Sophie Wells is an inspirational but also a modest young woman. In a relatively short period of time, and through a combination of sheer hard work, determination and talent, Sophie has risen to the very top, and all of her family, friends, sponsors and supporters are very proud of her. We hope this website shows just how passionate she is about her horses and her sport.
Now let Sophie tell you her story in her own words...
I was born on the 5th of May 1990 with Amniotic Band Syndrome. This is an unusual condition of foetal development in which fibrous bands of tissue that originate from the amniotic sac encircle and constrict certain foetal areas, which in my case has affected my hands and ankles. I lost many fingers along with movement and feeling in my feet, and it also caused nerve damage in my lower legs. I still have nerve problems which bother me on bad days, but I’m lucky to get a lot of help when I need it.
I don’t come from a horsey family but I grew up on a farm with my parents and brother Luke. I tried quite a lot of sports when I was young, and although I was allergic to horses then, I really wanted to learn to ride. I started riding at the local riding school when I was 7, and a few months later was the proud owner of my first pony, Crystal. I competed in all the usual Pony Club activities, but after a couple of bad falls whilst jumping, I took up able-bodied dressage.
From the age of 10 I spent three years training with Vicki Thompson (now Thompson Winfield) and nearly three years with Tracey Woodhead. Both of them gave me a great start in dressage and taught me so much. I couldn’t have had any greater inspiration at the start of my career and I’m so grateful to Vicki and Tracey, and also to my parents who made it all possible
In 2003, David Hamer, who is the World Class Development discipline co-ordinator for Para Dressage, spotted me at an Under 21 talent spotting competition for able-bodied dressage riders. David urged me to go for classification and to try for the ‘World Class Start’ Para Dressage selection trials, and I was selected onto the programme in 2004. So now I had two show careers – able-bodied and Para Dressage!
Para Dressage riders are classified depending on their degree of physical disability and range from Grade 1 to 4 (referred to as I to IV). Grade I riders have a greater degree of disability than Grade IV riders, and the tests reflect this in the movements that are required to be performed. I am classified as Grade IV, which is roughly equivalent to Prix St Georges level.
I really want to mention the World Class Para Dressage programme here, as I owe it so much and want to thank everyone involved for my success. All the World Class programmes are Lottery funded through UK Sport and were set up to provide an established development pathway for young, talented riders. The programme provides top class training, support and expert advice ranging from sports psychology for the athletes to veterinary care for the horses. I definitely wouldn’t be where I am today without it and in 2009 I moved up onto the World Class Performance Programme.
As well as the support from World Class, I have also been incredibly lucky to have been coached by Angela Weiss since 2004. Angela is my role model, not just in riding, but in coping with all the other stresses around horses. She's taught me how to deal with everything in the best way as I've grown up and we really are a great team. There have been plenty of challenges, including the simplest things like holding the reins, because of my missing fingers. I usually ride with special loop reins and a snaffle bridle, but in (able-bodied) Young Riders, I have to ride with a double bridle and the curb rein just lays over my hand. It can get a bit tricky but the horses have got used to it and so have the judges!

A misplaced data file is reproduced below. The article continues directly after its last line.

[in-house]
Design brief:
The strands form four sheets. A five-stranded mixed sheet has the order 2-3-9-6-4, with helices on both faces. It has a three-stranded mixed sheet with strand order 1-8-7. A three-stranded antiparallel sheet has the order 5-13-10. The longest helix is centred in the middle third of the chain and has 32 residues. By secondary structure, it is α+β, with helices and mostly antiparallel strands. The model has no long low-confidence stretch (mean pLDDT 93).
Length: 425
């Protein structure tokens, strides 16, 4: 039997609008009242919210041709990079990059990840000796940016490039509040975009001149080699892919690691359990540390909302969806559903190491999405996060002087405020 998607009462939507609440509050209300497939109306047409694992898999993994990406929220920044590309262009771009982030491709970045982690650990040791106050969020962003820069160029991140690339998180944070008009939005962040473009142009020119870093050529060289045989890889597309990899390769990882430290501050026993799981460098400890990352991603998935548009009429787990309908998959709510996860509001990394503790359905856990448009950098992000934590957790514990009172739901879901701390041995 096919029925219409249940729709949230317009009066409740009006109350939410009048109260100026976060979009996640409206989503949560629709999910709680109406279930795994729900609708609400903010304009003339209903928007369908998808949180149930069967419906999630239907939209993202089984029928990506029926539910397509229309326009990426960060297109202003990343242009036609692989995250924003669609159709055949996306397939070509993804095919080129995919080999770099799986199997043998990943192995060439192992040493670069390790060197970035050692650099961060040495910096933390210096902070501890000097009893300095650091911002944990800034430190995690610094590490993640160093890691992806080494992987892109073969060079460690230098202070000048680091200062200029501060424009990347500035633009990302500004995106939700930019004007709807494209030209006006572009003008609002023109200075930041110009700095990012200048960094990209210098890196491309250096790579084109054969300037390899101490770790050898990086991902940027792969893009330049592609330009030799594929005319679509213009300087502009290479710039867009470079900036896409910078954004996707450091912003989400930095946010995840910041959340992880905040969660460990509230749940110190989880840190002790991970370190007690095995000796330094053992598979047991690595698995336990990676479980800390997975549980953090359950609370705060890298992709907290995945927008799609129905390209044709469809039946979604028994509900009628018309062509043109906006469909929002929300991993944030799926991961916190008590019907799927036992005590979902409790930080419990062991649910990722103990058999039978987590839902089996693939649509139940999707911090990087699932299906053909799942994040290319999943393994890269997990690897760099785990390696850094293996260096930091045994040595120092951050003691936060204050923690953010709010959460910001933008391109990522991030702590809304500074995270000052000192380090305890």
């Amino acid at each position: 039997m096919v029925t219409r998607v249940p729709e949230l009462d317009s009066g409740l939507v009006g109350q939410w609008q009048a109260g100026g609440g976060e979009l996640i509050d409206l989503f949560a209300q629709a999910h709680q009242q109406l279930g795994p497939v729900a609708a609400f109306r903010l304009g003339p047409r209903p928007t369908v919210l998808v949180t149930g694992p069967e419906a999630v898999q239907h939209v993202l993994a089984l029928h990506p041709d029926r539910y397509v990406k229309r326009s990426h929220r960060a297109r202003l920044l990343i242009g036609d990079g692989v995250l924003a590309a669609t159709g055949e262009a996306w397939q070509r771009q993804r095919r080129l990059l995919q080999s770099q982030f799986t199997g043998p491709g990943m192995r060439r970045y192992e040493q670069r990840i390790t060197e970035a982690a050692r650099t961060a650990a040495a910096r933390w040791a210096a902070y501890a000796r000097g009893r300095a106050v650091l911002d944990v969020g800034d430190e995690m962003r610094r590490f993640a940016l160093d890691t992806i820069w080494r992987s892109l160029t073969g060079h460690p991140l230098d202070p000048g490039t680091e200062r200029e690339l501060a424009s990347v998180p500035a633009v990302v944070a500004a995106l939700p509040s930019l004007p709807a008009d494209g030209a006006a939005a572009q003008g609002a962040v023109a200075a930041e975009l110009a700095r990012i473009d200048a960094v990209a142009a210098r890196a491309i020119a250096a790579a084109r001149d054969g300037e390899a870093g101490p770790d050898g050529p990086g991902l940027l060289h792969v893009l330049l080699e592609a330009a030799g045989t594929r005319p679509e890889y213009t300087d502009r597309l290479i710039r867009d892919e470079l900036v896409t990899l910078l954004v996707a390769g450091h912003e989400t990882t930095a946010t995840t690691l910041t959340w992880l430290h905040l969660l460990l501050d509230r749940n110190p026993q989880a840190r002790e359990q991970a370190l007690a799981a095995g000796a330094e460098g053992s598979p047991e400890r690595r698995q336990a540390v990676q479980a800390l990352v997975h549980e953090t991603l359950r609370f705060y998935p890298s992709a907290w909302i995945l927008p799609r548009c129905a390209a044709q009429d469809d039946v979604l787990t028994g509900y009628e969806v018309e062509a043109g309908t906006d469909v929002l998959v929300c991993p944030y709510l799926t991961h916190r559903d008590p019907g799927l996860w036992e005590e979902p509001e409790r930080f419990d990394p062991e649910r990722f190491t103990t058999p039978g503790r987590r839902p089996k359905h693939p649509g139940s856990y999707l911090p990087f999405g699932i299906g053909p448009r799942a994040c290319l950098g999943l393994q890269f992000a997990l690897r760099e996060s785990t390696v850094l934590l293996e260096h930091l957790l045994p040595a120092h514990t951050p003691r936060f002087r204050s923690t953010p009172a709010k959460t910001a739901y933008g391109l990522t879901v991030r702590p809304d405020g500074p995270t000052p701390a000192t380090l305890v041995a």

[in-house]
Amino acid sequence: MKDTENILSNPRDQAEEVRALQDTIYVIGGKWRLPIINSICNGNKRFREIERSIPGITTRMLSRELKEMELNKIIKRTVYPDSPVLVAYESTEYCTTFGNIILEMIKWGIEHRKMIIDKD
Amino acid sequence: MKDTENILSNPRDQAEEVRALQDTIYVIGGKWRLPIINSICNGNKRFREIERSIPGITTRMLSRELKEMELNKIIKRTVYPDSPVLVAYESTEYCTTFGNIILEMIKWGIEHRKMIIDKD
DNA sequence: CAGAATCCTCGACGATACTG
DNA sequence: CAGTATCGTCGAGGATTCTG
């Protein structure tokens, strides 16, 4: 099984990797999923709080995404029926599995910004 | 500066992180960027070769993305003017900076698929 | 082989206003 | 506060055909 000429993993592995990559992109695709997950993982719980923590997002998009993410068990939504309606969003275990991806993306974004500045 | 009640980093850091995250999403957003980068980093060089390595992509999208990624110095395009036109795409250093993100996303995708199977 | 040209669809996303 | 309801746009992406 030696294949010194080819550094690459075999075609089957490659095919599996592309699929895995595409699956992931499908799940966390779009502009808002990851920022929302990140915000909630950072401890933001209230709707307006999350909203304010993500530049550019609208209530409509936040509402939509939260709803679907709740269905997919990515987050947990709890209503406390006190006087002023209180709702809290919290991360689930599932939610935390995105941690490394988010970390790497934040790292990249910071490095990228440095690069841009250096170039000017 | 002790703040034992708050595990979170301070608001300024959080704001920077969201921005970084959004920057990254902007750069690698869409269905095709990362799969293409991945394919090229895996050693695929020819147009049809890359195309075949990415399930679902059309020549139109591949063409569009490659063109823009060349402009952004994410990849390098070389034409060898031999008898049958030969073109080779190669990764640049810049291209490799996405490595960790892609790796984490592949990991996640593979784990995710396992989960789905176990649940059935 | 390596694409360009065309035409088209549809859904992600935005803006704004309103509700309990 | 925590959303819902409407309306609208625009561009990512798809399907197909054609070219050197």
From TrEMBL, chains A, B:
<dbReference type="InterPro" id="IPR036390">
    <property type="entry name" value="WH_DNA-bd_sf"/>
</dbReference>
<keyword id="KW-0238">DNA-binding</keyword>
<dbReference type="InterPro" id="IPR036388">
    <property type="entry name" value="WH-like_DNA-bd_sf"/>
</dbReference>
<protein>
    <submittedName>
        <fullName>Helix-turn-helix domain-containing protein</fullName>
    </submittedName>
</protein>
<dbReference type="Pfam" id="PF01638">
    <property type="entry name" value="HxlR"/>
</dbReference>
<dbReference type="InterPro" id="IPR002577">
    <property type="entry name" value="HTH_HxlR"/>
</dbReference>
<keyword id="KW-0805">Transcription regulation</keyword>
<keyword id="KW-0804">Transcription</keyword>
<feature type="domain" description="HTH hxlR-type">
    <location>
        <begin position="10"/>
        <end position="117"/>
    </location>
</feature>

I have had several horses that have had a big influence on my career, from my first dressage pony, Signets Crescendo (Solo), who got me onto the World Class Programme, to my Welsh Section D Derwen Rendevous (Rodney) who took me to my first international competition. Then there was Touchdown II who really helped me to get noticed by the selectors and we were First Reserve for the Beijing Paralympics 2008. Unfortunately Touchy went lame with a tumour in his foot and had to retire, but this opened another door and led to Pinocchio (Noki) on whom I was given the ride by his owners Dr Jackie and Neil Walker
Noki has given me the biggest leap onto the international and Championship stage. We became the first British Grade IV rider to win internationally on ‘own horses’ (Para Dressage used to take place on borrowed horses), and we then went on to win 3 European Gold Medals in Norway in 2009, and 2 Gold Medals at the World Equestrian Games in 2010 in Kentucky.
As well as our Para Dressage adventures, Noki also took me to two (able-bodied) Young Rider European Championships in 2010 and 2011 and the Young Rider World Cup Final where we came 6th. I was so proud of my boy as he enabled me to be the first Para rider to compete on both the able-bodied and Para Championship teams. He is still my current ride and we are aiming for the London 2012 Paralympic Games.
I’m also incredibly lucky to have another top ride, my baby Valerius (Reece), who I bought in 2007. He was reserve for the World Equestrian Games in 2010, and not to be outdone by Noki he won 3 Gold Medals at the Para European Championships in 2011. He is also is aiming for the London Paralympics so fingers crossed for the biggest year of my life!
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